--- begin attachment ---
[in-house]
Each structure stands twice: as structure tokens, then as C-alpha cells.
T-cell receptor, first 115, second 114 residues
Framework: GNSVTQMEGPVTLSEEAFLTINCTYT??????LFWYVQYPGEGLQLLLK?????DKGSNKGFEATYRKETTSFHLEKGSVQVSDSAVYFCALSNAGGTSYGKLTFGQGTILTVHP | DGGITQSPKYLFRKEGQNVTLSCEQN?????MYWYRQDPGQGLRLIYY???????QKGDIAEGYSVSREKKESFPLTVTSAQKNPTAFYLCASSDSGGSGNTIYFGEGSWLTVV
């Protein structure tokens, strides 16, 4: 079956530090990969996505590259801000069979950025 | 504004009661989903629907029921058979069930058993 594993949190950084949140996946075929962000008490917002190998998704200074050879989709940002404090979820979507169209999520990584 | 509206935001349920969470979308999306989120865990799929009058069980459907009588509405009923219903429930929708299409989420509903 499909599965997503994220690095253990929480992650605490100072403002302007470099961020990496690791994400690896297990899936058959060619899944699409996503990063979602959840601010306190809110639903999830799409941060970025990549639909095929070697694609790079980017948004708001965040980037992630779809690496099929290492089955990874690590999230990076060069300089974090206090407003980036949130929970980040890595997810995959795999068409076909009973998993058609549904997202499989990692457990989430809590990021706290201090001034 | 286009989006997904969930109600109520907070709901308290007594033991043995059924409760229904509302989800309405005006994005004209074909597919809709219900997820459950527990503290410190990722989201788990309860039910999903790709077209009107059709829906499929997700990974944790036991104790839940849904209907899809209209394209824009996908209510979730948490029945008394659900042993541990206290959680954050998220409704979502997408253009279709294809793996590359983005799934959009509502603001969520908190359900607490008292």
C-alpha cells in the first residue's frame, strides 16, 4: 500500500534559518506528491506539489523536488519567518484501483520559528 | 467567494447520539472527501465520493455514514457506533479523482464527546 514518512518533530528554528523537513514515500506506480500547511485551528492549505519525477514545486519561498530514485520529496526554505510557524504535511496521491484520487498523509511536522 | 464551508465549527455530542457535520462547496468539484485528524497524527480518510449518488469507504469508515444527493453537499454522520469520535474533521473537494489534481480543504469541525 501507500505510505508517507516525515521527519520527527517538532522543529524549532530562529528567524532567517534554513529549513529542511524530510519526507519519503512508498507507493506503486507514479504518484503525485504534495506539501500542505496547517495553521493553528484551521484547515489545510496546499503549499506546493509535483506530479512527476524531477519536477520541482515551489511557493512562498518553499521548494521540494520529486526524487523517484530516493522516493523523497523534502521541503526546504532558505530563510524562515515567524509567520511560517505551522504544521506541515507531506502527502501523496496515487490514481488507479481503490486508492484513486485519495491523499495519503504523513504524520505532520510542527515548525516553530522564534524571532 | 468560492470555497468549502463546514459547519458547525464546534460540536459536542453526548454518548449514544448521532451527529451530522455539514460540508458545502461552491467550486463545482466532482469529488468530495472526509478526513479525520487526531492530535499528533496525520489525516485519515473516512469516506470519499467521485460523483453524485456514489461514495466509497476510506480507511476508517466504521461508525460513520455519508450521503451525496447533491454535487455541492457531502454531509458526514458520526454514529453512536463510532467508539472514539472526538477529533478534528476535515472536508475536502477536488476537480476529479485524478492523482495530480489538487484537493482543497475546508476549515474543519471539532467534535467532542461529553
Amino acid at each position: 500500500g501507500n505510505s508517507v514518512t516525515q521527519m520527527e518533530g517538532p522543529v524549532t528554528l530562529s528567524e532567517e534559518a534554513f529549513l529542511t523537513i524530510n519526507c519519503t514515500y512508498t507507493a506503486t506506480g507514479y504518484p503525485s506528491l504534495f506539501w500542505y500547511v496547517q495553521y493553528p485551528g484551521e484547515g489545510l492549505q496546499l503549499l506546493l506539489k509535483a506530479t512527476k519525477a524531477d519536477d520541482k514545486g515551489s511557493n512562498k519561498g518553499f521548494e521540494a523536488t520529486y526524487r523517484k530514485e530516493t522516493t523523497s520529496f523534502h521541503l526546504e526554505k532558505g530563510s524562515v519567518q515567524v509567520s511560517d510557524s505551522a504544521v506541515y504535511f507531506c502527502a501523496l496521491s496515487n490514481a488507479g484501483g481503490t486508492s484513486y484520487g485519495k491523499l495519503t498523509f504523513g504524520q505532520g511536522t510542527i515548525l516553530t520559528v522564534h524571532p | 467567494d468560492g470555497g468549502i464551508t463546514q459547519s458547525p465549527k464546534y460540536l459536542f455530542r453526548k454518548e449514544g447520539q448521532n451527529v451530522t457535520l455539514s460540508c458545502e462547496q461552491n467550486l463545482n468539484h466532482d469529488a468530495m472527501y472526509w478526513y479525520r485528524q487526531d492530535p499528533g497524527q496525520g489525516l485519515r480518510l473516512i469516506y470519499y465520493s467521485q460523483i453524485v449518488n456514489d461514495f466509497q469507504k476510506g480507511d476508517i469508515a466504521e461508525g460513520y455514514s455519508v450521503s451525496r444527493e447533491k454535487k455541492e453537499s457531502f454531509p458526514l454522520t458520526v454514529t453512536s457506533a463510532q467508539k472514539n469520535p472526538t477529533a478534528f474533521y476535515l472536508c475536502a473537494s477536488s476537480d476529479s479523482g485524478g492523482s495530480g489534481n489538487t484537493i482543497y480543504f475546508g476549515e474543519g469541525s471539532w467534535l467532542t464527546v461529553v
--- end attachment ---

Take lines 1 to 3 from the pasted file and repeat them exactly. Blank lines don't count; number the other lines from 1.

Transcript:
[in-house]
Each structure stands twice: as structure tokens, then as C-alpha cells.
T-cell receptor, first 115, second 114 residues